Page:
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Supporting people in Ukraine and beyond - the Czech Red Cross response


Due to its geographic proximity to Ukraine, Czechia has been particularly affected by the conflict. We caught up with four colleagues from the Czech Red Cross to hear about how their work to support people within Ukraine and on the move has been affected. We are joined by:

  • Markéta Bartošová, Officer, Programme Department
  • Olga Šiková, Officer, Foreign Affairs and Tracing Service
  • Karel Konečný, MHPSS-EN delegate
  • Richard Smejkal, Head of Emergency Response Unit

How did the Czech Red Cross respond to the conflict in Ukraine? Can you tell us more about your activities?

Richard: Responders on the frontline need to feel safe, so we supported Ukrainian Red Cross with helmets, protection vests and trauma sets in the beginning of the conflict. We assisted them in reaching vulnerable communities by arranging cars to provide emergency assistance, deliver humanitarian aid, and transfer patients and people with limited mobility. A challenge that we faced in our response was the frequent misuse of the Red Cross emblem, a protective tool for humanitarian workers in times of conflict. If you use well-made signs of the Red Cross on your equipment, parties of the conflict, responders, and national officials know that you can be trusted so we helped to equip Emergency Response Teams  of Ukrainian Red Cross with emblems. Finally, connectivity can be difficult during conflict, so we provided Ukrainian Red Cross with walkie talkies, radio stations, and equipment to set up internet. Without opportunities for communication, it is hard to provide humanitarian aid to the most vulnerable people.

Pocket leaflet with safety tips for families who have fled Ukraine by the Czech Red Cross and ICRC, 2022.

Czechia is one of the EU Member States with the highest number of people displaced from the conflict in Ukraine. How did the work of the Czech Red Cross change in response to this displacement?

Markéta: In Czechia, we support people who fled Ukraine through material assistance, food aid, psychosocial support, counselling, and support in finding accommodation and employment. About 1300 volunteers from 50 local branches are involved in these activities. We have tried to adjust to new needs without neglecting their pre-existing activities addressing other communities such as home care or housing. Moreover, we provided our support in 17 regional assistance centres in cooperation with local municipalities to disseminate information and support to new arrivals.

Karel: Mental health and psychosocial support (MHPSS) is one of the essential parts to our work. Through a project funded by the European Commission’s Directorate-General for Health and Food Safety (DG SANTE), we scaled up the provision of psychological first aid and psychosocial support to Ukrainian and other affected people by building capacities through dedicated trainings for Czech Red Cross staff and volunteers. We also network with experts involved in MHPSS on regional, national, and international levels. Our aim is to build-up and strengthen local intervention teams of inter-cultural mediators who are part of the community themselves to prevent stigmatization of mental health issues in the Ukrainian community. This teams work in the field and provide psychosocial support, psychological first aid, and make referrals to specialized services.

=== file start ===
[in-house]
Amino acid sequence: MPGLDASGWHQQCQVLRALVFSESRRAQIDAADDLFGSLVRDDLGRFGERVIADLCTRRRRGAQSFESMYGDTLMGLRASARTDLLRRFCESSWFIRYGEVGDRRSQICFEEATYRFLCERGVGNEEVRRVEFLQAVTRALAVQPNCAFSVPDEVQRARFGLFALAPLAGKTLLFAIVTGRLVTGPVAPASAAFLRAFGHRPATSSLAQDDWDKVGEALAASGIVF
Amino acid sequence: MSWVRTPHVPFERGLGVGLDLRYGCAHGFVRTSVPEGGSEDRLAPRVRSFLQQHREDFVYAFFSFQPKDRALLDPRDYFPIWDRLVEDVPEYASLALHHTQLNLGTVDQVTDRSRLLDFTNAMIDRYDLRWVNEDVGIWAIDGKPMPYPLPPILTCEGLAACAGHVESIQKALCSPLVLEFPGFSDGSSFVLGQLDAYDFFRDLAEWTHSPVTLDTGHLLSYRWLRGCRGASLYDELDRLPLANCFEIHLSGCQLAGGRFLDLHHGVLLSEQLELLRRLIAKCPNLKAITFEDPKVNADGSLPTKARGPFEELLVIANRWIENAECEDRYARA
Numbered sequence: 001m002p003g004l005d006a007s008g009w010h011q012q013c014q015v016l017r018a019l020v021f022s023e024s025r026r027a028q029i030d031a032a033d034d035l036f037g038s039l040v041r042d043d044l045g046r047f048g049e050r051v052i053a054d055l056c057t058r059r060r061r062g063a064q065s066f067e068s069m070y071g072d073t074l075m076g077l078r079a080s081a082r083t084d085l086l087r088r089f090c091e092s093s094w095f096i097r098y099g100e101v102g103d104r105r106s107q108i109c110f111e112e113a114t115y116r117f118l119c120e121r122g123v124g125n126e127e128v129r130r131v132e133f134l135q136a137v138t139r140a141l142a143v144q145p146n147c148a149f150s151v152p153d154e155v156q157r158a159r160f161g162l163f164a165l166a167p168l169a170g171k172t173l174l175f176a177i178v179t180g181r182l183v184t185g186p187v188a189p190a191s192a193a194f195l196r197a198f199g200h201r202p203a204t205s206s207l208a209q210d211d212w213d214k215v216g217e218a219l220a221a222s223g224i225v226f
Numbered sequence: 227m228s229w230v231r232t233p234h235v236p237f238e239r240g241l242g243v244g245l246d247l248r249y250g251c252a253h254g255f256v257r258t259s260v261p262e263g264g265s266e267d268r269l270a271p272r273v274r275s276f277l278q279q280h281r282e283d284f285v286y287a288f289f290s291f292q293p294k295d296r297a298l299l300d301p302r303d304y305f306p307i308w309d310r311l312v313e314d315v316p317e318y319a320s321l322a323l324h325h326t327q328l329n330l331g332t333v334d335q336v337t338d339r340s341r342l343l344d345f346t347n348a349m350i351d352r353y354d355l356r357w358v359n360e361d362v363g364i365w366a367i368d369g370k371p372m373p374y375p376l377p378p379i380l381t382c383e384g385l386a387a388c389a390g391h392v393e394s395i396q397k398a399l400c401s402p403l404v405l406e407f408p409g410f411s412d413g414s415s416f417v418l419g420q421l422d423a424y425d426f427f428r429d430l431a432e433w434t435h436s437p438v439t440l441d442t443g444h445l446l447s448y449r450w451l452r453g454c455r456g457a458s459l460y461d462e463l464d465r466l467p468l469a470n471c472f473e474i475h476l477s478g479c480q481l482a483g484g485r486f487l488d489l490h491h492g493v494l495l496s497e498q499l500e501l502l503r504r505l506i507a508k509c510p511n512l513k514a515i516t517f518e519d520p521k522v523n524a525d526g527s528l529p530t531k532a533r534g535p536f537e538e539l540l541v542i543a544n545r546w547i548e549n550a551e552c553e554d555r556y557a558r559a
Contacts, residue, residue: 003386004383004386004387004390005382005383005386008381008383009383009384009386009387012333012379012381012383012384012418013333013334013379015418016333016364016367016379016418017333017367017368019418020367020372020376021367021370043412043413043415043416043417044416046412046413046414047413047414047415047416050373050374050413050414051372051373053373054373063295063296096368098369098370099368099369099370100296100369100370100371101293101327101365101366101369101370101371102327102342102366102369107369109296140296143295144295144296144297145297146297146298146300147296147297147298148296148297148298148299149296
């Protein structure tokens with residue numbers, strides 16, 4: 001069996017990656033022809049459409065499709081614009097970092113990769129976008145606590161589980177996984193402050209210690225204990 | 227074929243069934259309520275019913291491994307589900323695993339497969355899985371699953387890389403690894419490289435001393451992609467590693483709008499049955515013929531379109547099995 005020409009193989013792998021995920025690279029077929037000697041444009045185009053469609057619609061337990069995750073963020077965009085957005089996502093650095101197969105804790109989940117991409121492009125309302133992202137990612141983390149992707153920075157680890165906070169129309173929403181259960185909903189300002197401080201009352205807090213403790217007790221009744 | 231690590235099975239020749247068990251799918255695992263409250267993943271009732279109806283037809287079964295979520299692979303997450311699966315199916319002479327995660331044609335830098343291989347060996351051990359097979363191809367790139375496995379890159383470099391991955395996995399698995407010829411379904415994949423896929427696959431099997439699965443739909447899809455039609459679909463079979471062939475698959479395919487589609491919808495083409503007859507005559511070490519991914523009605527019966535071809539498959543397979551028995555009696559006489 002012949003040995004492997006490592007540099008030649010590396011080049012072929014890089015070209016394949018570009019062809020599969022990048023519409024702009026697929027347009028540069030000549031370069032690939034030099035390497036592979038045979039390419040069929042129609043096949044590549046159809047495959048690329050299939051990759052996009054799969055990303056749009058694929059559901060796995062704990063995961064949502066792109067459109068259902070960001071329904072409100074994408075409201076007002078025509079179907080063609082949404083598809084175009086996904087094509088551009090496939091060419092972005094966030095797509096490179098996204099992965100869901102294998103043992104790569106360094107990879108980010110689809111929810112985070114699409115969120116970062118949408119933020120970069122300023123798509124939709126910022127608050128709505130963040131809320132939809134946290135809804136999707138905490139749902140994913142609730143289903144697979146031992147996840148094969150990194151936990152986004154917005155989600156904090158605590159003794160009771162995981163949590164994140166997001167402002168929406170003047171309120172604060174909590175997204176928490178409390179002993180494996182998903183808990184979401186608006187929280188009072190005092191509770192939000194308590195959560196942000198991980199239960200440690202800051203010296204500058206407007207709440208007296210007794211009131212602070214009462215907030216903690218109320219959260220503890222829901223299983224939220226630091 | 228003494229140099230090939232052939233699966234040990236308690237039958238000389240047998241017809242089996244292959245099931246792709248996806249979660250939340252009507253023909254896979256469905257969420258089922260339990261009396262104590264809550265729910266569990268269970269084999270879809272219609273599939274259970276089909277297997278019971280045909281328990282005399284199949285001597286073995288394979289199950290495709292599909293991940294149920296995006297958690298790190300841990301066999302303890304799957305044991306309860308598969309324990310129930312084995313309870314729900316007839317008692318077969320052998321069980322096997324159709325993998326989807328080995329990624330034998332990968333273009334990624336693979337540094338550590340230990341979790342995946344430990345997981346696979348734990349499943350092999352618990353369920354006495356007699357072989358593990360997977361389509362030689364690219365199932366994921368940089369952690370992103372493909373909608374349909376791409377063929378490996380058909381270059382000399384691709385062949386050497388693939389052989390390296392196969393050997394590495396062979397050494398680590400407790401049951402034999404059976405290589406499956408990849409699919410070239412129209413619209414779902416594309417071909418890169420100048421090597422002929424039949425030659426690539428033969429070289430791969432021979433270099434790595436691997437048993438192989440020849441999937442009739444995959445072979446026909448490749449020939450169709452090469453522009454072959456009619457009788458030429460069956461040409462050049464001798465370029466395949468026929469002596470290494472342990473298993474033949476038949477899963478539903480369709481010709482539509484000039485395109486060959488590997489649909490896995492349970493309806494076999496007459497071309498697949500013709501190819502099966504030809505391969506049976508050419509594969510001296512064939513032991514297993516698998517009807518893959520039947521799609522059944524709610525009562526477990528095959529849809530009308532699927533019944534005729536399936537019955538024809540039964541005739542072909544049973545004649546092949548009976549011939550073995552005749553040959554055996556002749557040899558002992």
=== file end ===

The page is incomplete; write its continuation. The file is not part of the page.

Olga: So far, over 600,000 people from Ukraine have arrived in Czechia. Restoring family links is key to our response: we have received tracing requests for missing loved ones from civilians and military personnel. At the start of the conflict, we established an operational centre at the headquarters of the Czech Red Cross where refugees from Ukraine can submit tracing requests in person which are then processed together with the International Committee of the Red Cross. We recruited new volunteers to get involved in the tracing service and established special hotlines which were distributed on posters and shared with assistance centres, state authorities, NGOs, and railway stations. We also operate a mobile application of the tracing service sponsored by the Czech ministry of labour and social affairs.

Czech Red Cross volunteers are assembling and packing trauma kits for the Ukrainian Red Cross Society, May 2022. © Czech Red Cross

What are the most pressing unmet needs now and how is the Czech Red Cross approaching them?

Olga: People from Ukraine speak mainly Ukrainian and Russian, so training more volunteers who speak the language has been instrumental. We are also looking into building capacities for the individual local branches to be able to offer the tracing service in their communities. In the end, everything depends on the situation in Ukraine. We will keep our activities focused on people fleeing the country and adapt them to the ever-changing situation here in Czechia, with fluctuating waves of people coming into the country, returning to Ukraine, or crossing to other countries. It is all about utilizing existing and building new capacities so everyone can benefit from our services.

How has the displacement from Ukraine impacted local communities? Are there any good practices that could be replicated in other migration responses?

Olga: These are difficult times for everyone with high inflation, food, and energy prices, but local communities have played an instrumental role in the smooth integration of refugees from Ukraine into Czech society. At the same time, Czechia has also been a transit country for other migrants and refugees, so responding to the needs of everyone without leaving anyone behind will be the focus in the coming months.

For media inquiries, please contact Eva Oyón on: or +32 2 235 09 22

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